Last week, CIGI released the newest edition of A Diplomat’s Handbook for Democracy Development Support, co-published with the Council for a Community of Democracies. Authored by Jeremy Kinsman and Kurt Bassuener, the Handbook presents a wide variety of on-the-ground diplomatic experiences. To learn more about the goals of this third edition, we speak to Ambassador Kinsman, a scholar at the University of California’s Institute of Governmental Studies and Ryerson University, and former Canadian ambassador to Moscow, Rome, London and the European Union in Brussels.
CIGI: What new insight can readers expect from the revised 2013 edition of A Diplomat’s Handbook?
Jeremy Kinsman: In the six years since the first edition, much has happened to add to the evidence of what enables democratic transitions to succeed. We knew that overthrowing a dictator is generally easier than constructing a democracy in the aftermath, but the North African revolutions provided a stark laboratory that our country case studies illuminate, especially the new ones on Russia and the Arab Spring.
The Handbook underlines that challenges of democratic transition are essentially behavioural. Democracy isn’t a process. It is about human interaction and the development of inclusive institutions. Its building blocks and incubators are in civil society.
In their centralization of power, dictatorships and one-party states repress the growth of civil society. In so doing, they prevent the development of the sort of reflexes of compromise among different groups and interests that are essential to inclusive self-government.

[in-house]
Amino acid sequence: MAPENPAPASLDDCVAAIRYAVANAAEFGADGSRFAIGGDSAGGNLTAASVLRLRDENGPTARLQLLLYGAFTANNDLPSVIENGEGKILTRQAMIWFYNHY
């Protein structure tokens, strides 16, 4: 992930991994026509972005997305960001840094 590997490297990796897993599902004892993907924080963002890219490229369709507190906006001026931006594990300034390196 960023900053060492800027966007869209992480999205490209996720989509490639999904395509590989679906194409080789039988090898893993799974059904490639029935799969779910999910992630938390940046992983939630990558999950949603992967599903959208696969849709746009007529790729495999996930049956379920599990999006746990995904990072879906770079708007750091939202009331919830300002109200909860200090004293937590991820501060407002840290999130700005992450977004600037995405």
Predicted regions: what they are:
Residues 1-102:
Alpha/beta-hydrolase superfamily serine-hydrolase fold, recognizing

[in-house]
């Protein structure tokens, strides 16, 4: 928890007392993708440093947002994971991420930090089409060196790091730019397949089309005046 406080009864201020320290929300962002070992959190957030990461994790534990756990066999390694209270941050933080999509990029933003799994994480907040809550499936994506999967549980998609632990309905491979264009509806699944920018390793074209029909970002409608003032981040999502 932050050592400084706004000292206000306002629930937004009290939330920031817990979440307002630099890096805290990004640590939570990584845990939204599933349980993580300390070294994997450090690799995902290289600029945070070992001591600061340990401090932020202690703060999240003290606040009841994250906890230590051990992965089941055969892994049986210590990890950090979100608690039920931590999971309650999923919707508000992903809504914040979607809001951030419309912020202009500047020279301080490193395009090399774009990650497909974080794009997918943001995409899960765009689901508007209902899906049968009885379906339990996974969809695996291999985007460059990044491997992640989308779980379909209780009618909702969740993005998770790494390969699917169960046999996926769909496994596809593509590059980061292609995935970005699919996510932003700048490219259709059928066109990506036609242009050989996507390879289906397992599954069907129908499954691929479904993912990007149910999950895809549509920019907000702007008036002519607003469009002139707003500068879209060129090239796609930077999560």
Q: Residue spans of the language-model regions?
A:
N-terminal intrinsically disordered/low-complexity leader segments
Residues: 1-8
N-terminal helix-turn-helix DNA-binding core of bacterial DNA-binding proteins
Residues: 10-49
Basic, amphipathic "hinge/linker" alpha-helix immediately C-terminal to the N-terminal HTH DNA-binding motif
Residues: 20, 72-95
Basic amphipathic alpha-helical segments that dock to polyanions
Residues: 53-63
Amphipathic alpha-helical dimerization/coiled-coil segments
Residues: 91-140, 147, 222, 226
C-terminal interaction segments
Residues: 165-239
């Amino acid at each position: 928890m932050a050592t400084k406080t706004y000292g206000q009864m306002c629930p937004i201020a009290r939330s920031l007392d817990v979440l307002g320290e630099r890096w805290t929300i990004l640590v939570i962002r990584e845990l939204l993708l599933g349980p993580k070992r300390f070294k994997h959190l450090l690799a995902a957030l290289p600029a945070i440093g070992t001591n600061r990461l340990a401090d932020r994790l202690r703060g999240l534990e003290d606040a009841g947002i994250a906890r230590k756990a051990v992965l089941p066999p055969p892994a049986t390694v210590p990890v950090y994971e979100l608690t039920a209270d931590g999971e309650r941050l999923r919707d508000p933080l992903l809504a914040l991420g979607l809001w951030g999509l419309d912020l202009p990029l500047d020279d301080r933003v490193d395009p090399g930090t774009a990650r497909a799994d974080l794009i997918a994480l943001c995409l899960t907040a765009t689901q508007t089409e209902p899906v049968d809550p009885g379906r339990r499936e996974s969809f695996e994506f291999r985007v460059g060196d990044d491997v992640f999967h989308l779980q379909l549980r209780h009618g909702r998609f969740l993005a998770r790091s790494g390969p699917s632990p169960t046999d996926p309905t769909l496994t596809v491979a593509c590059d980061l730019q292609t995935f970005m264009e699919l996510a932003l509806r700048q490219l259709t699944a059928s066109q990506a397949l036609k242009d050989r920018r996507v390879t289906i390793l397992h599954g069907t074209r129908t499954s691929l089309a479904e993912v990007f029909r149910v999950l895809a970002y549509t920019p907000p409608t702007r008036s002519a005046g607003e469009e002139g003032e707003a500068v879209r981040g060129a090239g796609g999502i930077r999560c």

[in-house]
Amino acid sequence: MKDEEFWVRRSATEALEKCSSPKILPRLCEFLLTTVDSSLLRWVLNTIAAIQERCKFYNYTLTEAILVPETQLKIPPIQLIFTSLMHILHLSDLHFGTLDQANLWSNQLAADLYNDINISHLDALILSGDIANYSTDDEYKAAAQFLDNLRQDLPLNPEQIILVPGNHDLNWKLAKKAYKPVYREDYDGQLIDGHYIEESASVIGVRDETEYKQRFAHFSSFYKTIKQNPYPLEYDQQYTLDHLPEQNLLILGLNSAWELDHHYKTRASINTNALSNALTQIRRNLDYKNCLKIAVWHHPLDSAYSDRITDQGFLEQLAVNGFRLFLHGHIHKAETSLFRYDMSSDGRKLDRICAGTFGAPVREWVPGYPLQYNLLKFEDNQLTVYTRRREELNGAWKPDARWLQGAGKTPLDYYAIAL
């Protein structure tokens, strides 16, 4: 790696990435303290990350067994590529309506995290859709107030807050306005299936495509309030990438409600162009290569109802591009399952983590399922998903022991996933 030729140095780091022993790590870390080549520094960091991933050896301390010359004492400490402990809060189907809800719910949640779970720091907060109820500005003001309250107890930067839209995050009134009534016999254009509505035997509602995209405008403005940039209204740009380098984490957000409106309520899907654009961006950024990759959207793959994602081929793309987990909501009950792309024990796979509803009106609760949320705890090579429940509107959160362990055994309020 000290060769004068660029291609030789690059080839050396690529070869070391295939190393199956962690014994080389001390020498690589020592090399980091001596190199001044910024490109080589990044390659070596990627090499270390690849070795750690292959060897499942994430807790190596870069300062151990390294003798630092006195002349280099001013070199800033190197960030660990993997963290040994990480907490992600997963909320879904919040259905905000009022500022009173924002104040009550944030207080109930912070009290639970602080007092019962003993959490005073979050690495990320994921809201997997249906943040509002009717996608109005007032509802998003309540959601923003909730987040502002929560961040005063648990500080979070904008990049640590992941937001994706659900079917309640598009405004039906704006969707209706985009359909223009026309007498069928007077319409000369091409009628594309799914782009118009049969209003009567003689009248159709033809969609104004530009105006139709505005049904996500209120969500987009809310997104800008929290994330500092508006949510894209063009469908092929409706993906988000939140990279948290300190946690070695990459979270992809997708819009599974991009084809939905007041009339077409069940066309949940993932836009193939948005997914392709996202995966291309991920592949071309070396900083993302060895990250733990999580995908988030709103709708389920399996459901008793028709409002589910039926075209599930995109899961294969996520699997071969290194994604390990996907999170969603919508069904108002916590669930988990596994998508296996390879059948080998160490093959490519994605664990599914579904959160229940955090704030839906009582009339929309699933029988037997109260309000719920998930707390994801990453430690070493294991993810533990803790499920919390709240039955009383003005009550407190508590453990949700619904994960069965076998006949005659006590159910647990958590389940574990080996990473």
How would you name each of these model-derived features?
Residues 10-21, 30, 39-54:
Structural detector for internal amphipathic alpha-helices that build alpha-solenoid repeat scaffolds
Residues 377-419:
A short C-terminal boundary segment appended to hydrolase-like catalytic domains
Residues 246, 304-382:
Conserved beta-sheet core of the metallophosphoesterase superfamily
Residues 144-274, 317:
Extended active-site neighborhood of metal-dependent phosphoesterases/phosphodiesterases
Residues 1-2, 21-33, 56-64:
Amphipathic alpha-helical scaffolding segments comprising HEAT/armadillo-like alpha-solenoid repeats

From the outset, emerging democracies need to aim at being inclusive. All societies are pluralist in their different ways; if not in ethnic and sectarian terms, then in economic and cultural terms. Shutting a group out of power doesn’t work. It requires tolerance and habits of give, take and compromise that have to be learned over time and through experience.
Anatoly Sobchak, the Mayor of St. Petersburg, Russia, said in the early 1990s that “in this society, democracy and dictatorship are living side-by-side.” The difficult challenge is building a constructive consensus, as opposed to the sort of populist majoritarian top-down regimes against “others” of the kind Vladimir Putin has marshalled.
A free and fair election is only one of many starting points; it’s what happens after the election that really counts. Winners shouldn’t aim at repressing losers and opponents, or a revolutionary new order sweeping out old ones. It’s about “pacting” and reconciliation. The Muslim Brotherhood in Egypt just didn’t get it, and tragically, the first-ever elected President was turfed out by a coup from the military that has restored a police state. Blame 30 years of dictatorship that we in the West pandered to.
Supporting the building of the capacity for inclusive civic behaviour is the best task that outside democracies can assign themselves, usually through support for constructive international civil society partnerships.
Developed democracies have learned to drop the sense they are in a global “competition” with non-democracies. The notion they once held that their own systems offer value as superior models has been dashed by economic woes and partisan gridlock in much of the democratic world. However, by-products have been greater objectivity and even humility.